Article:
Awe walks for mental wellbeing

On the 21st of September, a study published in the journal Emotion revealed that ‘awe walks’ in nature can combat feelings of social disconnection, anxiety, and sadness. Negative emotions lead to self-focus, which has detrimental effects on ageing and longevity, the study reports. However, a weekly 15-minute outdoor walk, aimed at inducing a sense of awe, helped transform self-focus into the experience of a ‘small self’. This in turn led to greater joy and prosocial positive emotions during the walk. Participants even displayed increasing smile intensity over the study, which focused on people in their 60s, 70s and 80s. The study was given the name Big Smile, Small Self. The conclusion? “These results suggest cultivating awe enhances positive emotions that foster social connection and diminishes negative emotions that hasten decline.”

Seeing the Frog Stone and Salcombe Mouth Beach from Salcombe Hill filled me with awe
Stumbling across this view two weeks ago was definitely an awe-inducing experience.

Big Smile, Small Self

Awe-inspiring experiences of nature do make you feel small in a good way. Two nights ago, I saw the light from Mars reflected on the water in the Otter Estuary. It certainly was awe-some. I didn’t manage to get a photograph of it, which is why I went straight home and ordered a tripod. But I digress. Awe is defined as a feeling of dread mixed with respect that is inspired by art, beauty, nature or power. It doesn’t necessarily have to be a momentous experience to bring benefits, though. An awe walk is simply a walk during which you focus on something that is bigger than yourself. Noticing the changing of the seasons can be enough to put you in awe of the power of nature.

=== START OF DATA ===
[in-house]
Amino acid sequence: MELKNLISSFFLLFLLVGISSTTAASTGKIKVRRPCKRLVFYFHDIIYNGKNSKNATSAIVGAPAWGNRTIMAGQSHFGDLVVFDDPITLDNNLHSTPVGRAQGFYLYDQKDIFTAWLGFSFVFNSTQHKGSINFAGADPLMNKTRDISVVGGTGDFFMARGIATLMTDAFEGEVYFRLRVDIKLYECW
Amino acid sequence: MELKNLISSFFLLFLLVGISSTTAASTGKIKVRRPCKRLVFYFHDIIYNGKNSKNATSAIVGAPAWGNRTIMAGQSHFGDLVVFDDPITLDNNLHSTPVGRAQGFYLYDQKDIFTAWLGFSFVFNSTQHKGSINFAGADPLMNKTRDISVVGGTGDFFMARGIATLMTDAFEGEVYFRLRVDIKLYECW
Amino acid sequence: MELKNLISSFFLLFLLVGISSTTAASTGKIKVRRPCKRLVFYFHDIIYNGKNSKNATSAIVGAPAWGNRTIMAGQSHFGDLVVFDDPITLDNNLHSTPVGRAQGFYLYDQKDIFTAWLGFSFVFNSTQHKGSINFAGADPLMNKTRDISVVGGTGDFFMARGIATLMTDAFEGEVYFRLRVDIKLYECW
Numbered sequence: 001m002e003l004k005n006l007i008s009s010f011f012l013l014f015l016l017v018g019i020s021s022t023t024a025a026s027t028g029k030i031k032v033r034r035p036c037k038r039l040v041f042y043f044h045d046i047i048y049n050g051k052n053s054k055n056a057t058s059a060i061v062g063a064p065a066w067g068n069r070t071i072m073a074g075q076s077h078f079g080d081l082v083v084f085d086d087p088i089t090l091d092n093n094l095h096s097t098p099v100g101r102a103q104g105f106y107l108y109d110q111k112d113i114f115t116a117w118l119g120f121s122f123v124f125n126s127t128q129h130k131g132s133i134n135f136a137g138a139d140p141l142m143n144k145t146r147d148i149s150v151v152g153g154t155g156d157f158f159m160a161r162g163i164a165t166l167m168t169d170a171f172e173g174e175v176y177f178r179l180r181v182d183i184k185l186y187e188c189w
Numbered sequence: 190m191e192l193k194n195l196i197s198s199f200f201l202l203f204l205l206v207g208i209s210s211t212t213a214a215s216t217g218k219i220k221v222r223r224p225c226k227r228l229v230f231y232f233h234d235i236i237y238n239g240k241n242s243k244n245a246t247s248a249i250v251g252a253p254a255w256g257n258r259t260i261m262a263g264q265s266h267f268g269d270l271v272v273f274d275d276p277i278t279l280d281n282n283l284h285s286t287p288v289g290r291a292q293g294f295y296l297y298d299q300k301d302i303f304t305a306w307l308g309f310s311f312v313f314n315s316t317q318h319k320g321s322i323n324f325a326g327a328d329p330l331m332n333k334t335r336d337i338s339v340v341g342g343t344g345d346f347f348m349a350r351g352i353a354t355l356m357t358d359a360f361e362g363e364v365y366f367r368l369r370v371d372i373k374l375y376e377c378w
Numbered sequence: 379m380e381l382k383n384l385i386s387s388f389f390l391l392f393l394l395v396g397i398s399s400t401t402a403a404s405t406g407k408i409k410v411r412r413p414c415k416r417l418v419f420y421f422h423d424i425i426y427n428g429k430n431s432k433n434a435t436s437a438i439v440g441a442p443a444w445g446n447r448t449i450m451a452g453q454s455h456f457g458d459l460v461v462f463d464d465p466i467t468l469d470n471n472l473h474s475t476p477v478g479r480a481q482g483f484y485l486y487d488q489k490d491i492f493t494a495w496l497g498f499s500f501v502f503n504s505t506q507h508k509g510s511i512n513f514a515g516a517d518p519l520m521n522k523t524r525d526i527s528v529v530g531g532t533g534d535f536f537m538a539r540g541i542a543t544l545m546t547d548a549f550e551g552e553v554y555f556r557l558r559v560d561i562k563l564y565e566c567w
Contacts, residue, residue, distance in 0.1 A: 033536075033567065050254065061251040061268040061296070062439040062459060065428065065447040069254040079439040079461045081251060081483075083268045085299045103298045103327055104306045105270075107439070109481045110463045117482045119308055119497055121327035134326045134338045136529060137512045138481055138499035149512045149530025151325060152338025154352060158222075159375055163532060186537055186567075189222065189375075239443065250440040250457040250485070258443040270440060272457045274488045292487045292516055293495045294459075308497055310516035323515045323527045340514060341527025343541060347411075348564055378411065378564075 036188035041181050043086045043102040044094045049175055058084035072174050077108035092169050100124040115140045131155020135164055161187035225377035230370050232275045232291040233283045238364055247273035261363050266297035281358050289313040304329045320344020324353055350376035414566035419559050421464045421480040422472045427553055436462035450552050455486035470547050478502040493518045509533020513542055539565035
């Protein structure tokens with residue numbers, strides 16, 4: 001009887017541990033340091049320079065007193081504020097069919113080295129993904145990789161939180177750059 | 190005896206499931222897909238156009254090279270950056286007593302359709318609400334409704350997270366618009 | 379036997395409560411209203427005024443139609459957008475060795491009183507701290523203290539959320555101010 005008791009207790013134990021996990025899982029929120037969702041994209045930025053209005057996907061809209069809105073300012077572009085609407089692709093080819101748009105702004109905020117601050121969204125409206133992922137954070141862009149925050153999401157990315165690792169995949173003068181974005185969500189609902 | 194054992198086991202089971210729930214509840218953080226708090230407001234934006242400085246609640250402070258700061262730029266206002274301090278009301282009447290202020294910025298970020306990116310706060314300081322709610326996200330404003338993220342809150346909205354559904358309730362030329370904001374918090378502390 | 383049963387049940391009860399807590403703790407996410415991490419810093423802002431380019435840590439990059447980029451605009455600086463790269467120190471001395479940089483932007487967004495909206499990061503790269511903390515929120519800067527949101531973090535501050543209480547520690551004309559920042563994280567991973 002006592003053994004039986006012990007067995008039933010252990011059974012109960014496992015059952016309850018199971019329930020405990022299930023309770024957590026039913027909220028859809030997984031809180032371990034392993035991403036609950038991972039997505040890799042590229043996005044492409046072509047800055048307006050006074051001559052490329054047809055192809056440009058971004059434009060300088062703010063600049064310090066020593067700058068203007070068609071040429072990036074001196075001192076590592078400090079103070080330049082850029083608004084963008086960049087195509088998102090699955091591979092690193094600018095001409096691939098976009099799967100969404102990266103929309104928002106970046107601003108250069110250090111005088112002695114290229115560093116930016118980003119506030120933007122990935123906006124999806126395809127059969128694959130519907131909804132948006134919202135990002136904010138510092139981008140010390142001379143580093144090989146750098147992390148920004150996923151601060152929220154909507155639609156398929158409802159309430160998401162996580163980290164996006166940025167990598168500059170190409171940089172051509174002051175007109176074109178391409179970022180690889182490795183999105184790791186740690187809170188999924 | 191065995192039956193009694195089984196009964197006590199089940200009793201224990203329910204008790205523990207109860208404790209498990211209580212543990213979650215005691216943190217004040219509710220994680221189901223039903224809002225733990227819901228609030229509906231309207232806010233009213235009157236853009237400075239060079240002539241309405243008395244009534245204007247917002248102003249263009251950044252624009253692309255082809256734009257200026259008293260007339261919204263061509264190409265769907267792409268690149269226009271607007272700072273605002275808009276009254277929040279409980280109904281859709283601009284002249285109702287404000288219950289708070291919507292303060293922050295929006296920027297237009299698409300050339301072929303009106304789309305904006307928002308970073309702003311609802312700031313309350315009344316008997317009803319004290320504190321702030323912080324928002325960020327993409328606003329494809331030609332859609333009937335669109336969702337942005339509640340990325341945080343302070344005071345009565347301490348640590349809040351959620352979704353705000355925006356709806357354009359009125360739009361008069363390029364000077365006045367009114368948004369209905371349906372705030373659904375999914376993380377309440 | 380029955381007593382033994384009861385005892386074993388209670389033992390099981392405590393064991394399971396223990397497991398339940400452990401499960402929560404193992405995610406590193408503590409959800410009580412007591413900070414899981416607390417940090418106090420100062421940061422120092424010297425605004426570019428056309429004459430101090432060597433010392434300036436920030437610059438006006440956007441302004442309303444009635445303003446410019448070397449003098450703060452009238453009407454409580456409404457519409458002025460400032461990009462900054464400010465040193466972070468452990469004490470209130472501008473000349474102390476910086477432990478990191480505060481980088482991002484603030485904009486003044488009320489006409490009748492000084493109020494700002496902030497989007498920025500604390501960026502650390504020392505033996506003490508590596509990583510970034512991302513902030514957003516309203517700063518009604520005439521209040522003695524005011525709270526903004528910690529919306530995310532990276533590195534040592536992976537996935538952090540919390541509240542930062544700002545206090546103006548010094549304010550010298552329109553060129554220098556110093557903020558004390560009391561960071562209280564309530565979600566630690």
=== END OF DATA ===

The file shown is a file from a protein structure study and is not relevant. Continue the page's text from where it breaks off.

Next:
A robin I met on a hike from Exmouth to Budleigh Salterton.
Meeting this guy filled me with awe – he wasn’t afraid to be just a few centimetres away from me. Small self, big personality. 

The positive effects of awe

According to Neuroscience News, Dacher Keltner, PhD, one of the psychologists behind the study, said: “Awe is a positive emotion triggered by awareness of something vastly larger than the self and not immediately understandable — such as nature, art, music, or being caught up in a collective act such as a ceremony, concert or political march. Experiencing awe can contribute to a host of benefits including an expanded sense of time and enhanced feelings of generosity, well-being, and humility.”

The New York Times reports that previous studies have found that people who experience awe also tend to have less emotional stress and lower levels of body-wide inflammation.

Contemplating the Triassic cliffs in Budleigh Salterton is definitely an awe-inspiring experience.
Awe walks come easy in Budleigh Salterton. These 246 million year old cliffs can make anyone feel small – and full of awe.

Feeling small is a big advantage

Experiencing awe will put you in a ‘small self’ frame of mind. This helps you put your worries into a larger perspective. Quite literally, in this case. Participants were asked to take selfies before and after the walks, and the group on awe walks began to make themselves smaller and smaller in the images in order to include more of the landscape behind them. The smiles of the people doing the awe walks grew bigger in proportion with their perspectives. The control group remained self-focused and spent the walk thinking about their worries and problems. Virginia Sturm, PhD, who led the study, said to Neuroscience News: “I never really expected we’d be able to document awe’s ability to create an emotionally healthy small self literally on camera!”

Discovering these fossilised seashells also filled me with awe.
Noticing the fossilised seashells in this boulder on Salcombe Mouth Beach was also an awe-inspiring moment.

Awe walks are more than exercise in nature

Focusing on awe is crucial. The participants who merely exercised in nature did not reap the same benefits in terms of mental wellbeing. Noticing details with childlike wonder helps getting you out of your head. And let’s face it, in 2020 – who wouldn’t want to master a trick like that?